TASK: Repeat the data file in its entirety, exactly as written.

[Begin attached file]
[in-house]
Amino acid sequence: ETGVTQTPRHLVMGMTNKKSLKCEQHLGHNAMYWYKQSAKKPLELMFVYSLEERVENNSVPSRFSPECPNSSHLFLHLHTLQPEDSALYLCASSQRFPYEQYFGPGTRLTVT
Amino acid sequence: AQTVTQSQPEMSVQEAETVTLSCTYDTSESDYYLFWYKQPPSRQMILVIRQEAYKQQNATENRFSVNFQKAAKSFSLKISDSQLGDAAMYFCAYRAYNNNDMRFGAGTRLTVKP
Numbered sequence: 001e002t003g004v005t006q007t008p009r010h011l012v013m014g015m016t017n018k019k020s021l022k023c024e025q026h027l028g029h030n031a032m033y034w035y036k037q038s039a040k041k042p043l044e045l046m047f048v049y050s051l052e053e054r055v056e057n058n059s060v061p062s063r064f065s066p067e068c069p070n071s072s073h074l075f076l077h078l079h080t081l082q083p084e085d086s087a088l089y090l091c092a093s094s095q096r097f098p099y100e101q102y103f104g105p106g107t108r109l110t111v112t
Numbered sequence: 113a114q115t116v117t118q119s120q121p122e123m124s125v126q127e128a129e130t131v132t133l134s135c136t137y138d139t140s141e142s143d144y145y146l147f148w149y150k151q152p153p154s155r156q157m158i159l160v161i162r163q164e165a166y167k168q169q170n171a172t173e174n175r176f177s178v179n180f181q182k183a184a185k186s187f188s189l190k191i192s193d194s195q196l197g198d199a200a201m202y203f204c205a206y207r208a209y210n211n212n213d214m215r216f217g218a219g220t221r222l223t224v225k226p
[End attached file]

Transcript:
[in-house]
Amino acid sequence: ETGVTQTPRHLVMGMTNKKSLKCEQHLGHNAMYWYKQSAKKPLELMFVYSLEERVENNSVPSRFSPECPNSSHLFLHLHTLQPEDSALYLCASSQRFPYEQYFGPGTRLTVT
Amino acid sequence: AQTVTQSQPEMSVQEAETVTLSCTYDTSESDYYLFWYKQPPSRQMILVIRQEAYKQQNATENRFSVNFQKAAKSFSLKISDSQLGDAAMYFCAYRAYNNNDMRFGAGTRLTVKP
Numbered sequence: 001e002t003g004v005t006q007t008p009r010h011l012v013m014g015m016t017n018k019k020s021l022k023c024e025q026h027l028g029h030n031a032m033y034w035y036k037q038s039a040k041k042p043l044e045l046m047f048v049y050s051l052e053e054r055v056e057n058n059s060v061p062s063r064f065s066p067e068c069p070n071s072s073h074l075f076l077h078l079h080t081l082q083p084e085d086s087a088l089y090l091c092a093s094s095q096r097f098p099y100e101q102y103f104g105p106g107t108r109l110t111v112t
Numbered sequence: 113a114q115t116v117t118q119s120q121p122e123m124s125v126q127e128a129e130t131v132t133l134s135c136t137y138d139t140s141e142s143d144y145y146l147f148w149y150k151q152p153p154s155r156q157m158i159l160v161i162r163q164e165a166y167k168q169q170n171a172t173e174n175r176f177s178v179n180f181q182k183a184a185k186s187f188s189l190k191i192s193d194s195q196l197g198d199a200a201m202y203f204c205a206y207r208a209y210n211n212n213d214m215r216f217g218a219g220t221r222l223t224v225k226p